© 2008 Dr Kulsum Mehmood


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    • profile image


      4 years ago

      Thanks for commenting. We aim to prvidoe health information that is helpful to people living with diabetes. Please visit us again for regular updates to our post. Enjoy your day!

    • profile image

      Roxie 1 

      6 years ago

      My mini schnauzer was diagnosed with diabetes last week. Hae has always been a picky eater and he himself put himself on eating in the evening only. I am having an awful time getting him to eat in the morning. I feed

      blue buffalo fish and sweet potato and up until the last few days he doesn't want to eat. I have tried mixing meatballs and ground turkey in it and feeding 1/2 the amount of food at night hoping he will eat in the morning, and to try to get him to eat I have even tried hand feeding which sometimes works. This morning after trying the food 3 times and no insulin yet I used Pam and made him an egg. I broke the yolk and I fixed another one for me as he has shared part of my breakfast for years.

      Thank god he ate it

    • profile image

      Arun Pushker 

      6 years ago

      Great article. the disease is indeed dreadful but we think of this disease only as a lifestyle disorder. I always follow my blood sugar levels and involve myself in lots of exercises, good food eating habits and Maintaining my general well being. For people who have fear that they may get diabetic, there is this wonderful tool where You can calculate the risk of diabetes occurring to you due to your genes.

      It's very simple to get your report generated online by giving some basic details. You may like it, visit

    • Knowledge Ninja profile image

      Knowledge Ninja 

      8 years ago

      Great informative hub on diabetes. Most people know someone who is affected by diabetes or are themselves. The the information in this hub is a good start for people wanting to learn more and avoid their foot looking like the picture above.

    • Kulsum Mehmood profile imageAUTHOR

      Dr Kulsum Mehmood 

      8 years ago from Nagpur, India

      Hi Jennifer. I am really sorry the photographs in this article disturbed you. I am sure you are taking good care of your diabetes and there is no way it would affect you ever. Take care.

    • JenniferHilton profile image


      8 years ago from Chicago

      I don't know why but I really don't like looking at pictures (like the one you've shown above).

      But that reminds me to continue to watch my diet closely (because I'm a type 2 diabetic).

      Nevertheless, thanks for the great article.

    • Kulsum Mehmood profile imageAUTHOR

      Dr Kulsum Mehmood 

      8 years ago from Nagpur, India

      Yes cricket_snapper. Diet, exercise and therapy is the only way to achieve good control of diabetes. Diabetes is a silent killer. The patient does not realise the importance of diet control till complications manifest. And by that time it is too late already.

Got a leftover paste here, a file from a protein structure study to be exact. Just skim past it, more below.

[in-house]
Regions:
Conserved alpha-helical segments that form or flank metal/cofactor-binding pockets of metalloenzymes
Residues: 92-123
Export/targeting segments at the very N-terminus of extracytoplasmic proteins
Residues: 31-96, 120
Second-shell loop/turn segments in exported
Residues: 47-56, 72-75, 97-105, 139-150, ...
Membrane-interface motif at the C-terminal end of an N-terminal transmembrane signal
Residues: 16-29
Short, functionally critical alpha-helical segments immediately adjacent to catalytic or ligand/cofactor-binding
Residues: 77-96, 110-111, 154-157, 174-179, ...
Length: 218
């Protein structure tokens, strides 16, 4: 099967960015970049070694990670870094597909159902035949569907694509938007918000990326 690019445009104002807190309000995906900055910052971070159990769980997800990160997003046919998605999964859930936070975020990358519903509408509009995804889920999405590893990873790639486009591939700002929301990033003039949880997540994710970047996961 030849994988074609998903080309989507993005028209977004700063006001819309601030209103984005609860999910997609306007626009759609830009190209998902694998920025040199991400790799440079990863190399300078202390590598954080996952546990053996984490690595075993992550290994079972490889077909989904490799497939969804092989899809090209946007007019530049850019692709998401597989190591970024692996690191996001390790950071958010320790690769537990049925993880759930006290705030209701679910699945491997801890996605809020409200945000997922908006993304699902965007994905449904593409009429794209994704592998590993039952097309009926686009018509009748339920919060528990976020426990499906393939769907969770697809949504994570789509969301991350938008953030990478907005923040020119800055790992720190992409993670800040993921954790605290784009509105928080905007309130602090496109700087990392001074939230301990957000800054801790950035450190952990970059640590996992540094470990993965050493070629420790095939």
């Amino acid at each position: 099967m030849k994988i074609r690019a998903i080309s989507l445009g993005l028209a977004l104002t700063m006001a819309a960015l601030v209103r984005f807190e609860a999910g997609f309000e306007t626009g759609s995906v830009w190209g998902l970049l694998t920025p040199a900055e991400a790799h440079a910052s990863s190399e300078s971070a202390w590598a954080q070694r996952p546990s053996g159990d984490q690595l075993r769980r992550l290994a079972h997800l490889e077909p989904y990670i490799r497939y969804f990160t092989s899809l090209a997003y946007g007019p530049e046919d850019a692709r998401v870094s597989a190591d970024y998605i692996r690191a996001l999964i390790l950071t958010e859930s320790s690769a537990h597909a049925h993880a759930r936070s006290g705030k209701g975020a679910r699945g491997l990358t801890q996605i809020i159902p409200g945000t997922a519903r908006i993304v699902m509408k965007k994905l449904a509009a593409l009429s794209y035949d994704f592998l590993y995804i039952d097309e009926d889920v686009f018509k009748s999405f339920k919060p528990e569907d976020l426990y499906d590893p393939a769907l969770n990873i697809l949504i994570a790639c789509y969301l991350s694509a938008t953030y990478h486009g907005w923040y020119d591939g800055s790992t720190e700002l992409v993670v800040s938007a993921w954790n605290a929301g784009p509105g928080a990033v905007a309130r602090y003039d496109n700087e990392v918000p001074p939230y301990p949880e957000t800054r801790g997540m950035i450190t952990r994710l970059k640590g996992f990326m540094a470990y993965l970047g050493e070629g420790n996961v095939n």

• cricket_snapper profile image


      9 years ago

      "The adherence to diet, exercise and therapy as determined by your doctor, is the only way to achieve good control of your diabetes." - And ignoring your doctor can have severe consequences. Everyone with diabetes should take it more serious than some do.

    • profile image


      9 years ago

      My goodness, the swollen foot is horrible. I wish I haven't seen this before dinner.

    • Kulsum Mehmood profile imageAUTHOR

      Dr Kulsum Mehmood 

      9 years ago from Nagpur, India

      Thanks bhwrites for visiting.

    • profile image


      9 years ago

      Great info. I have a family history of diabetes and am always looking at prevention of this horrible disorder.

    • hub-hub profile image


      9 years ago from UK,M

      bravo hub

      maybe this site will help you with more information

    • Kulsum Mehmood profile imageAUTHOR

      Dr Kulsum Mehmood 

      10 years ago from Nagpur, India

      Kyanisunrise, thank you for visiting.

    • Kyanisunrise profile image


      10 years ago from Utah

      This is packed with good information. Thanks

    • William F. Torpey profile image

      William F Torpey 

      10 years ago from South Valley Stream, N.Y.

      I've had Type 2 diabetes for years. I'm trying to cure it by playing as much golf as I possibly can! In the meantime, I take my pills. Thanks for the good advice.

    • Kulsum Mehmood profile imageAUTHOR

      Dr Kulsum Mehmood 

      10 years ago from Nagpur, India

      That is very nice C.C.Riter. Diabetics need to be active and do walking and exercises. Diabetes and hypertension go hand in hand and also cholesterol levels. For cholesterol I am taking genxvast-20 to keep it under control. I also take ecosprin-75mgs daily as a blood thinner to prevent clots formation. I am only a borderline diabetic on diet control and walking. Weight has to be watched. Glad to know you have won your weight battle. Thank you very much for visiting and for becoming my fan. May God Bless you.

    • profile image